[0011] Once the clean soundtrack has been made, it is stored on a DVD movie disk along with the parent soundtrack. A user can then choose to watch the movie and listen to either an original or a clean soundtrack.

[0012] In an alternate embodiment of the invention, the invention is in the form of filtering software capable of “cleaning-up” the soundtrack of a movie as it is being shown by a display device. The software would preferably be used in a computer. A computer is hereby defined as any device that has the ability to rapidly process large amounts of information in a manner capable of filtering a soundtrack, as described herein.

[0013] In operation, when a viewer is ready to see a particular movie that is accessible by the computer, the user actuates the filtering software. The software will enable the computer to begin processing the movie information as it is accessed from a storage location, such as a DVD movie disk located in the computer's DVD drive, or the computer's hard-drive or some other computer-associated memory device. The movie's soundtrack is then filtered through the filtering software.

[0014] The filtering process is a three-step operation. Firstly, the computer accesses at least a portion of the soundtrack from the memory storage area and the words in the soundtrack are individually recognized. The word recognition process is very similar to that used by conventional voice recognition software. The second step involves the software checking each word in the soundtrack, or portion of the soundtrack, against a predetermined list of words that is preferably stored in the computer's memory and is associated with said software. The words on the list are those that may be objectionable to a language-discriminating listener. This process is very similar to that used when a computer checks a downloaded program for a virus, or prevents a user from accessing an internet pornography website. As a third step, whenever the software matches a particular word in the soundtrack to a word on the list, the software then either deletes or alters said word in the soundtrack. Once the software has completed the three steps of the filtering process, the filtered soundtrack, or portion of the soundtrack, is then played in combination with the video portion of the movie.

[0015] In either embodiment of the invention, a user is provided with the ability to view a prerecorded movie without certain words that the viewer may consider objectionable. This may oftentimes provide the user with the ability to alter the rating of the movie that will be presented on the display device.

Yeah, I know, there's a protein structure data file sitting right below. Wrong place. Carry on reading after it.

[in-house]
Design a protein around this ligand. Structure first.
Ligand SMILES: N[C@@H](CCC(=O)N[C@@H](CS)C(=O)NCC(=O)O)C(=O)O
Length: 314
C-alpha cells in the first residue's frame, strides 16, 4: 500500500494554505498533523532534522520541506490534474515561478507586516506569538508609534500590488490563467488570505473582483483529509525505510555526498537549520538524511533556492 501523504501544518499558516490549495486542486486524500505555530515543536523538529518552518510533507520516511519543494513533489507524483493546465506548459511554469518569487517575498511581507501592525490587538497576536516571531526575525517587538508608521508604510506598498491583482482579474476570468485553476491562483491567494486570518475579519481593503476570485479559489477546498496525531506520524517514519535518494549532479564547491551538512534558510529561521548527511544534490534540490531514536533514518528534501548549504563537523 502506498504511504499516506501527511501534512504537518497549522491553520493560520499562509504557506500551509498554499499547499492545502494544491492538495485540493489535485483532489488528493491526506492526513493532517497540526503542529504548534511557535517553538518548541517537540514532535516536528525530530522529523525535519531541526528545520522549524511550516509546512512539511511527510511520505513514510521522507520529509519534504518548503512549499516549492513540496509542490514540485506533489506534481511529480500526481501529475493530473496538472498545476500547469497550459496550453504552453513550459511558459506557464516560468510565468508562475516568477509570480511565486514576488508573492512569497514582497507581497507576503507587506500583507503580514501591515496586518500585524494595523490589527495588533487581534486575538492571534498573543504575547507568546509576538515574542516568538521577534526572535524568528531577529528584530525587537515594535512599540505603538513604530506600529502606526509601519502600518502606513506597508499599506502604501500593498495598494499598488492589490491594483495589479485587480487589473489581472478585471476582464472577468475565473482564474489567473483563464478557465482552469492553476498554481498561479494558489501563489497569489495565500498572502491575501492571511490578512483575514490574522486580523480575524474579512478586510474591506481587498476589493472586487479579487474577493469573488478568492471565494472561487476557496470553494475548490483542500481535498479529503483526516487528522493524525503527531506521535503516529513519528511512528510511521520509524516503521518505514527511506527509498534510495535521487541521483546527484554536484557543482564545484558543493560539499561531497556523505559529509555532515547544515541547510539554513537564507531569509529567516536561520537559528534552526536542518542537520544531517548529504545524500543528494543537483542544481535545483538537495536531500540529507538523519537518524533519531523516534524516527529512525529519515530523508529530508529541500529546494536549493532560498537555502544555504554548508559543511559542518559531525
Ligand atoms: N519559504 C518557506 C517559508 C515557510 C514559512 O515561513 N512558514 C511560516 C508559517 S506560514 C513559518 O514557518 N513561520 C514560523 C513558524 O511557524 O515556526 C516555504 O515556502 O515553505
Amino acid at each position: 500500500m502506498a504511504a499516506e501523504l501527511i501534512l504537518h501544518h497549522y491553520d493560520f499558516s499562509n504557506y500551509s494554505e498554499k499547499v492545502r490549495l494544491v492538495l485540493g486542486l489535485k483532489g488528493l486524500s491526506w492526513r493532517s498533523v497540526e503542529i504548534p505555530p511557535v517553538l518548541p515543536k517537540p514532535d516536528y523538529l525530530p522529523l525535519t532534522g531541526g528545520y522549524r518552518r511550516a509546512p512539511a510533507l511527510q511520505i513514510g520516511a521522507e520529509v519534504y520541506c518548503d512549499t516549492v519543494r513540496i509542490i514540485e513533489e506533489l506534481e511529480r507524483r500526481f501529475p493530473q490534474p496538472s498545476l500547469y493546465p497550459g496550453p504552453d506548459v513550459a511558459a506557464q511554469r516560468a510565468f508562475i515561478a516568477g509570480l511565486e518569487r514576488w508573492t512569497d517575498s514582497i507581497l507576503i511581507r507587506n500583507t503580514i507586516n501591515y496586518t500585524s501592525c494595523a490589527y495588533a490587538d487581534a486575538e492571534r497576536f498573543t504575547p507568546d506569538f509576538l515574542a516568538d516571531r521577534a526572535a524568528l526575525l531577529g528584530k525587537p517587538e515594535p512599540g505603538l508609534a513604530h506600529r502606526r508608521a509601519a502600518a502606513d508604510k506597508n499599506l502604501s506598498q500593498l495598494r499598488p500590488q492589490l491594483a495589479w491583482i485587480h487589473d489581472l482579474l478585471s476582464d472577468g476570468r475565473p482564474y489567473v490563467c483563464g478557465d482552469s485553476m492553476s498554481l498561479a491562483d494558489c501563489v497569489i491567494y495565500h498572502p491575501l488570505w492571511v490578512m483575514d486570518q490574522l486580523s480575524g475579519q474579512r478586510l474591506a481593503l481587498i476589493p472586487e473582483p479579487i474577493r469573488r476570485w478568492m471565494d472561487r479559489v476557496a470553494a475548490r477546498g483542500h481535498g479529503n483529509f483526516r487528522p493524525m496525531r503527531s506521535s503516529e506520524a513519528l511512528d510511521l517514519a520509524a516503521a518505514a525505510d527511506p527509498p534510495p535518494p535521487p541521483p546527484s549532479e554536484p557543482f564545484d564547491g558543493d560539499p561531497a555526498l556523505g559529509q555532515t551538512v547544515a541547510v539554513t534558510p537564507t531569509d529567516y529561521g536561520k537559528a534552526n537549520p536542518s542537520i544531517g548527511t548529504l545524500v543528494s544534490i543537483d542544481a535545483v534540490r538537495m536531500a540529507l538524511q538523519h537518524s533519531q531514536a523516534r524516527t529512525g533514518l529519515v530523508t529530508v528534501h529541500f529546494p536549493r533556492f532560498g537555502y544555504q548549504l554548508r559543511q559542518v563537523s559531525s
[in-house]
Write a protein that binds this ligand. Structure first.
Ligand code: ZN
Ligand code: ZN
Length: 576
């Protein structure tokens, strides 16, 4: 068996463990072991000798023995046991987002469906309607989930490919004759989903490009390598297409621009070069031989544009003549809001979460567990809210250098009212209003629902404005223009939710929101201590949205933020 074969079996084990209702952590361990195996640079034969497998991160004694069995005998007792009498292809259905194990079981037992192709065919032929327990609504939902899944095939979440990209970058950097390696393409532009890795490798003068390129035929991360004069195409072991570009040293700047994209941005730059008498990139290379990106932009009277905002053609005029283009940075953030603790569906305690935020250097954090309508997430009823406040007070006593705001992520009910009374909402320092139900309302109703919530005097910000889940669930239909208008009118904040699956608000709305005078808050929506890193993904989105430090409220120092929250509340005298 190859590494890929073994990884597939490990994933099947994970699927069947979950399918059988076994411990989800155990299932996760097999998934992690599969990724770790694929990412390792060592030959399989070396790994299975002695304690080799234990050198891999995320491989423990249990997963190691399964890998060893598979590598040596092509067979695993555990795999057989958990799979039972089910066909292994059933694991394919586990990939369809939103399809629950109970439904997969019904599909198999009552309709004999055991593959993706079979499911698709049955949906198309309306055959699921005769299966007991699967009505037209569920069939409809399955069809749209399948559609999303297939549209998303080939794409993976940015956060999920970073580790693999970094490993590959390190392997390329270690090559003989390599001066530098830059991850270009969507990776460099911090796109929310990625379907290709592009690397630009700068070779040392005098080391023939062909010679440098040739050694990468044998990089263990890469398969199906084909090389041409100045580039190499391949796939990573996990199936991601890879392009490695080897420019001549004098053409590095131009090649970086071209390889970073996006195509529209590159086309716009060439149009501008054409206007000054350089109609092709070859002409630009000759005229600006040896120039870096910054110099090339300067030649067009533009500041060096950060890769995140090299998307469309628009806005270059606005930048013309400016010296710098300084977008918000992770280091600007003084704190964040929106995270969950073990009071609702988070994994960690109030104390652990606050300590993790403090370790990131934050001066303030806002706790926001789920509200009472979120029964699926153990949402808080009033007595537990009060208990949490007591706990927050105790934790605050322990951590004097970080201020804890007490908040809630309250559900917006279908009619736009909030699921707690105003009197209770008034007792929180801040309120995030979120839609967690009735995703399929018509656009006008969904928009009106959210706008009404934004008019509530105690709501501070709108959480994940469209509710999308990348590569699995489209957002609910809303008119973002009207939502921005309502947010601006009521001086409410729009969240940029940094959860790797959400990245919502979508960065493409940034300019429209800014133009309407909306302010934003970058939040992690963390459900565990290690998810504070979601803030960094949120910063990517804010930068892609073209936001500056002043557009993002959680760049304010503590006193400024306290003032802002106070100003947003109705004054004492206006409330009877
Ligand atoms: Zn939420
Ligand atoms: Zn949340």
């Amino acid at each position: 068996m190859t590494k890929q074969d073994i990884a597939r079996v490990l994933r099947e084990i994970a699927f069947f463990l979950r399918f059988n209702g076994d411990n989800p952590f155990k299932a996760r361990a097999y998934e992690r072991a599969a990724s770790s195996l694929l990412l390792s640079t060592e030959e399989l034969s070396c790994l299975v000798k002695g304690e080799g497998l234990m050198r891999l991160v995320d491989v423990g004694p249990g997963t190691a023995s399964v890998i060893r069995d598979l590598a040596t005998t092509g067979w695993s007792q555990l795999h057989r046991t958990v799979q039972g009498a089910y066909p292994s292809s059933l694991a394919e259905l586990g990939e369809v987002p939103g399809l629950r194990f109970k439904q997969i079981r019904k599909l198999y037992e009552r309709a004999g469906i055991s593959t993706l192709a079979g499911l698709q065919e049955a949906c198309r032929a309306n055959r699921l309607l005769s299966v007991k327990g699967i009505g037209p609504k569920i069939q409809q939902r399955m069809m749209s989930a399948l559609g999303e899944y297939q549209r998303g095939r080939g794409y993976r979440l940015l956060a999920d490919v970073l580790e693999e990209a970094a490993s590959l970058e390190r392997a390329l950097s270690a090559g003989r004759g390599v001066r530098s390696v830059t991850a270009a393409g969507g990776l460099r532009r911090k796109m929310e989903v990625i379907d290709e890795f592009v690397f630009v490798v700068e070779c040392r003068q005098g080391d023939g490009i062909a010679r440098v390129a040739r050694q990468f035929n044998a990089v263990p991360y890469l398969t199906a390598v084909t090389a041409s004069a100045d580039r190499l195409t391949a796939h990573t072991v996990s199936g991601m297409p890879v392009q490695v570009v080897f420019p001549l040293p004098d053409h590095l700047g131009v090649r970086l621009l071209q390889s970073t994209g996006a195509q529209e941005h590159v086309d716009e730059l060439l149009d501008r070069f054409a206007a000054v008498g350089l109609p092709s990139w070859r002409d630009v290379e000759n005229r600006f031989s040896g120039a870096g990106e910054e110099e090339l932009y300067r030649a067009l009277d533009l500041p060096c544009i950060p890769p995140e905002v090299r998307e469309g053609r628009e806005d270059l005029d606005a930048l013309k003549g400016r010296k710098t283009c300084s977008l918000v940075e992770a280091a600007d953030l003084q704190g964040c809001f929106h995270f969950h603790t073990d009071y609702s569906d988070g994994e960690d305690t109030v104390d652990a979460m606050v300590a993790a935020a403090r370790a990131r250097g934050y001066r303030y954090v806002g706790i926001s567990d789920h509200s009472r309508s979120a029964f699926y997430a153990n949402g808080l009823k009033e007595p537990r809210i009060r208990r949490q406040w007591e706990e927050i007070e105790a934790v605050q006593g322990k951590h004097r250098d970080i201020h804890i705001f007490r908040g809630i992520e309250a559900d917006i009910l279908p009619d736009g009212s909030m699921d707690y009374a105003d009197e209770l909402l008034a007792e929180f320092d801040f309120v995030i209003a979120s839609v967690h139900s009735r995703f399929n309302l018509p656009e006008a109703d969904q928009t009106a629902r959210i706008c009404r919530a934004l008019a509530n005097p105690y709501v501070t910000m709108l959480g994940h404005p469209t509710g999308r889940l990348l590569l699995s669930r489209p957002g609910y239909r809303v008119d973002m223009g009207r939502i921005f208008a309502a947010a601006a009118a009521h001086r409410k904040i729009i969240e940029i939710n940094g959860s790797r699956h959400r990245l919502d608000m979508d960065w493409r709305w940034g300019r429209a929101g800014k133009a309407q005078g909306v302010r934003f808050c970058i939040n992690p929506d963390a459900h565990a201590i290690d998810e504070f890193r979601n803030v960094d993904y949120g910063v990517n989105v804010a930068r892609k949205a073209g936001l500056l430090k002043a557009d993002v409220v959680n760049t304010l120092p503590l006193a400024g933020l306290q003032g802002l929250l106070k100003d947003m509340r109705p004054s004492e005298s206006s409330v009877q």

BRIEF DESCRIPTION OF THE DRAWINGS

[0016] FIG. 1 is a face or top view of a DVD movie disk in accordance with the invention. A small portion of the disk is shown in an extremely magnified condition.

[0017] FIG. 2 is a block diagram wherein the disk shown in FIG. 1 is being played by a DVD player device. The player device is shown displaying a menu screen on a viewing device.

[0018] FIG. 3 is a combination block and flow diagram of an alternate embodiment of the invention.

DETAILED DESCRIPTION OF THE DRAWINGS

[0019] Referring now to the drawings in greater detail, wherein like reference numbers refer to like parts throughout the several figures, there is shown by the numeral 1 a DVD (Digital Versatile Disk or Digital Video Disk) movie disk in accordance with the invention.

[0020] As can be seen in FIG. 1, the DVD movie disk 1 has a planar front face 2 and a central thru-hole 4. The front face overlies at least one information storage layer. In FIG. 1, the area designated as 6 provides a highly-magnified view of an extremely small portion of the storage layer. As can be seen, the storage layer consists of a planar surface 8 upon which are located a large number of raised, box-shaped bumps 10. The bumps are oriented whereby they, and the flat areas between them, form a spiral track. The use of a spiral track of flat areas and bumps is a conventional method for storing information on a DVD movie disk. Typically, the bumps are approximately 320 nanometers wide, a minimum of 400 nanometers long and approximately 120 nanometers high. Shown are two adjacent portions of the information track, with each portion having four bumps. These portions would normally be separated by a distance of only approximately 740 nanometers. On a typical DVD movie disk, the track will have a total length, if stretched out in a straight line, of almost seven and one-half miles.